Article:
In analytic geometry, we study geometry using algebra. The first step is to find a way to translates points into numbers, called coordinates.
The number line
You are probably familiar with the idea of the number line. Each point of the number line corresponds to a unique number. Remember that in geometry, lines are in principle infinitely long; no matter how big or small a number is, it will fit on the number line.
The number belonging to each point is called the coordinate of that point. Conversely, if x is a number then (x) stands for the corresponding point on the number line. For instance, (0) represents the “zero point”, or origin of the number line.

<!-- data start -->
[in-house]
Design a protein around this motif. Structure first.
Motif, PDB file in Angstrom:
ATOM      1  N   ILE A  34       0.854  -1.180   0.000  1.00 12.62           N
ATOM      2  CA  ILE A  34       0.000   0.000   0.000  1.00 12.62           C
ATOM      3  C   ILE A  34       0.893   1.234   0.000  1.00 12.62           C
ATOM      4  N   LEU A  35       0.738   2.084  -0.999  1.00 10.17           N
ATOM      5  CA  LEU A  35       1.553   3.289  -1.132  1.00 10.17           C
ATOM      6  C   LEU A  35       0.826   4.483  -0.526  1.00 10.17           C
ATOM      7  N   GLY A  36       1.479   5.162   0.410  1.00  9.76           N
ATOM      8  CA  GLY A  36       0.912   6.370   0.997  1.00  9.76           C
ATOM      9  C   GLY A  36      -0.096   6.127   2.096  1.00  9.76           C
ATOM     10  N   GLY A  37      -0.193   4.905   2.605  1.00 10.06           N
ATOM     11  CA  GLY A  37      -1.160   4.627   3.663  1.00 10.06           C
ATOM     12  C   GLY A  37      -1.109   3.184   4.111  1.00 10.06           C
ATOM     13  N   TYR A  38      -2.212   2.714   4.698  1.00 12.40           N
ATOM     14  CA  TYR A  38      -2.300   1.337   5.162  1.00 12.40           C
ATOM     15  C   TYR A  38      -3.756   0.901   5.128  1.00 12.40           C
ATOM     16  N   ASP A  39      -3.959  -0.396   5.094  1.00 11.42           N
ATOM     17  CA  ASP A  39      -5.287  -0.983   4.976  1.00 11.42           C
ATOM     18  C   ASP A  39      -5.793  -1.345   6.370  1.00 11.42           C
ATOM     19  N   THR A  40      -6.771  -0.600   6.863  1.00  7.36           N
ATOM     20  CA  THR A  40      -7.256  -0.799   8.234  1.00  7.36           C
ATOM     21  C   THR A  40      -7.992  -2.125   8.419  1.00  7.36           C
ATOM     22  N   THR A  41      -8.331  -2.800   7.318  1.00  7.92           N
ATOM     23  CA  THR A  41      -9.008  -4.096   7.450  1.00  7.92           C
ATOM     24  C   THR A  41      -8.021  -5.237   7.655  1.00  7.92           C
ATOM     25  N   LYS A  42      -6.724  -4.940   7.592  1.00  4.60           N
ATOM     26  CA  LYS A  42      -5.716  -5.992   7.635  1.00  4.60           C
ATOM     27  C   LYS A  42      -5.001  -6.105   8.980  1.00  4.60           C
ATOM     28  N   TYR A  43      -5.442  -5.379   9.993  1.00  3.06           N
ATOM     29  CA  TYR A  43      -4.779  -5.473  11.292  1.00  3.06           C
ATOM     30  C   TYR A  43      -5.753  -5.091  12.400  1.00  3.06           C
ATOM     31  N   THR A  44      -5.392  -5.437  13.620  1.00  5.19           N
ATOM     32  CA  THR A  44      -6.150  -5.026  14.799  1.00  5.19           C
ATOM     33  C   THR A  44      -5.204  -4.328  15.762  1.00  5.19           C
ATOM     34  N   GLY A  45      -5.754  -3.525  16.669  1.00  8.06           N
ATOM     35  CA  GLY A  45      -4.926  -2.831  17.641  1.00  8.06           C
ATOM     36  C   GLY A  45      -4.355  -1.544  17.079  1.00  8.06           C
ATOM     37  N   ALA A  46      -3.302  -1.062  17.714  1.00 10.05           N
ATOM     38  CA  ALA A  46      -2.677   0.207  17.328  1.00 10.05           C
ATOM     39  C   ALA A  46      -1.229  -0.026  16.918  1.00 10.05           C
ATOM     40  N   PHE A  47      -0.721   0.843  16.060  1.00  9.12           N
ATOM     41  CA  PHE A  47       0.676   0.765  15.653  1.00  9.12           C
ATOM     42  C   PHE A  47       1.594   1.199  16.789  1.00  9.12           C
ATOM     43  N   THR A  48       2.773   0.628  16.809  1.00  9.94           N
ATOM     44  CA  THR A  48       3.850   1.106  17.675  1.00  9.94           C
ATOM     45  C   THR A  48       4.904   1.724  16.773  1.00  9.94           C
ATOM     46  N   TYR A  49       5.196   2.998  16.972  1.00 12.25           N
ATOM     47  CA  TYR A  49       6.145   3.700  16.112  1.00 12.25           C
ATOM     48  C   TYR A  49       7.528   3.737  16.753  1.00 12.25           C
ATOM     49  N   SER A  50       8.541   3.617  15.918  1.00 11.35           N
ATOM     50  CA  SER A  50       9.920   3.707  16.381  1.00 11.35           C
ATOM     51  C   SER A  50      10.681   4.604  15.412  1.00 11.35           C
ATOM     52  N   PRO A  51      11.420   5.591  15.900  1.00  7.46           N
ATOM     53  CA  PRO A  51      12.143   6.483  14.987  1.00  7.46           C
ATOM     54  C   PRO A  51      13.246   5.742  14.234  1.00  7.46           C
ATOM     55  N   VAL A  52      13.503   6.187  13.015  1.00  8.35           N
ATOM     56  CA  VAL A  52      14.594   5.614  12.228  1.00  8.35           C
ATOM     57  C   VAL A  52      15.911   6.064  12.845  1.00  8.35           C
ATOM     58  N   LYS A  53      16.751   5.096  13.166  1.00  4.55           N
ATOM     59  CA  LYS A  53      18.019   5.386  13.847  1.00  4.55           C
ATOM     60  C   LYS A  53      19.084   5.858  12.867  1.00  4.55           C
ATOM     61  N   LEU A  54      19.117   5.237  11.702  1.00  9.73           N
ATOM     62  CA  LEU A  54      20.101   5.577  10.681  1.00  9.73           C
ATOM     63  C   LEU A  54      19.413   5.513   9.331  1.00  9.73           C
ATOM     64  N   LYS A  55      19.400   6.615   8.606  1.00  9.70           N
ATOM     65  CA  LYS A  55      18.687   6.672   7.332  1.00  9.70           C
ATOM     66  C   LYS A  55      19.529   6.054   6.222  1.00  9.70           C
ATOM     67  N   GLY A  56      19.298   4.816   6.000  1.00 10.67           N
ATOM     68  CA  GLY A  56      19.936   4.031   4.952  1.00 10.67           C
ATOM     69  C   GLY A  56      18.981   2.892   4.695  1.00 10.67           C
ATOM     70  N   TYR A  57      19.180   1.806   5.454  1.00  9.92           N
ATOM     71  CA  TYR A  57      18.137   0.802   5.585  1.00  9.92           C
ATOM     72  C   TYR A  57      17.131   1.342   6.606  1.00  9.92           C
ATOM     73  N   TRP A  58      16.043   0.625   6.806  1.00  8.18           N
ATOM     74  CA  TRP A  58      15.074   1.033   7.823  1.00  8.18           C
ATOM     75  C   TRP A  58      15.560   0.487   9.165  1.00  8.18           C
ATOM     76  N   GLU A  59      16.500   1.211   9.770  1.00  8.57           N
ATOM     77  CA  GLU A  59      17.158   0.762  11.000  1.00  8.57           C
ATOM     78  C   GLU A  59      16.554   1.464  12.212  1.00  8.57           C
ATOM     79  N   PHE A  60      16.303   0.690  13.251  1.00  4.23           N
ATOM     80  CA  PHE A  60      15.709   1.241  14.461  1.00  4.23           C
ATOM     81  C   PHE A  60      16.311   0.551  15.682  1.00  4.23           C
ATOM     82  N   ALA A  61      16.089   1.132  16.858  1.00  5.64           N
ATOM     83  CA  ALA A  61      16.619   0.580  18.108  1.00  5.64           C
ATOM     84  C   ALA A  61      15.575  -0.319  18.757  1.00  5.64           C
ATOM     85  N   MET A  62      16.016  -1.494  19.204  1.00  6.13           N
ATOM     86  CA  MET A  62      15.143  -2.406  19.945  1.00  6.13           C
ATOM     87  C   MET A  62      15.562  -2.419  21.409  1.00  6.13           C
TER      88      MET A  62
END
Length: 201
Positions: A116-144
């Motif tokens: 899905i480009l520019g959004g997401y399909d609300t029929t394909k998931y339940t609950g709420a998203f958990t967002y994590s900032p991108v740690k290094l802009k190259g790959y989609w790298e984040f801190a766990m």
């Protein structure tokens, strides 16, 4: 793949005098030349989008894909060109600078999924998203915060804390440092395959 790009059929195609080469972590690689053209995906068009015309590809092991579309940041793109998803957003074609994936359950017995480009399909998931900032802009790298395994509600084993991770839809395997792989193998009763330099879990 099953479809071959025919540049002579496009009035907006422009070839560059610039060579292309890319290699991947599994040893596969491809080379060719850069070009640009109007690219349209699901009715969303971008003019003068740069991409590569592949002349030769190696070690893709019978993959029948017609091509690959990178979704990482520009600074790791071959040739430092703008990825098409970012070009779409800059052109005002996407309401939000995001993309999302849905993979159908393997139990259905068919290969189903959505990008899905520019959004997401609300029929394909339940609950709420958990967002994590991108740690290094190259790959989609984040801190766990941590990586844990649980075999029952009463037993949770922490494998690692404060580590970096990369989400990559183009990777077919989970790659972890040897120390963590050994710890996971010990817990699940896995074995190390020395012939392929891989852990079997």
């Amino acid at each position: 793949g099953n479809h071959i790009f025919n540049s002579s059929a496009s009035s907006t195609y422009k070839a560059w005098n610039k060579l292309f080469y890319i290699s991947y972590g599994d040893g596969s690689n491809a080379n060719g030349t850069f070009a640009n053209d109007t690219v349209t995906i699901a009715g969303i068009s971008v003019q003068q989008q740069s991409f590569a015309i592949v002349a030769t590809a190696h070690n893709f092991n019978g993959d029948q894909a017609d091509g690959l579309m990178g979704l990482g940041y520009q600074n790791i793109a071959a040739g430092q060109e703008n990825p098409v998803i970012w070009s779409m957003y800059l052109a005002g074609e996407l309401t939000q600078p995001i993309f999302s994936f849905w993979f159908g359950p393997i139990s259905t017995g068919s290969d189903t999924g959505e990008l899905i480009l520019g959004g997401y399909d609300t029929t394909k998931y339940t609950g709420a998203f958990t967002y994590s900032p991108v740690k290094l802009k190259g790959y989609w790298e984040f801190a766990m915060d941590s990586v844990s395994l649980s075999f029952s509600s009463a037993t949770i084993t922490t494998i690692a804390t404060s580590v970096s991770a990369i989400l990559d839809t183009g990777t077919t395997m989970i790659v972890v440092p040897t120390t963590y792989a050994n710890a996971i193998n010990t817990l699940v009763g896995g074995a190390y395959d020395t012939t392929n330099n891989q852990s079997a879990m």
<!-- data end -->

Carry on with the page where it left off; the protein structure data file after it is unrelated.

Using these coordinates, we can translate the geometry of the points on the line into facts of algebra. The table below shows some basic examples.
|(x) lies to the left of the origin||x < 0|
|(x) lies to the left of (y)||x < y|
|the distance between (x) and (y)|
= the length of the line segment with endpoints (x) and (y)
||x – y||
|the line segment with endpoints (x) and (y) is longer than the line segment with endpoints (a) and (b)||$ latex |x – y| < |a – b||
Translate into an algebra statement: (x) lies between points (a) and (b).
If (p) and (q) are points, which point (m) is described by the equation m = (p + q)/2 ?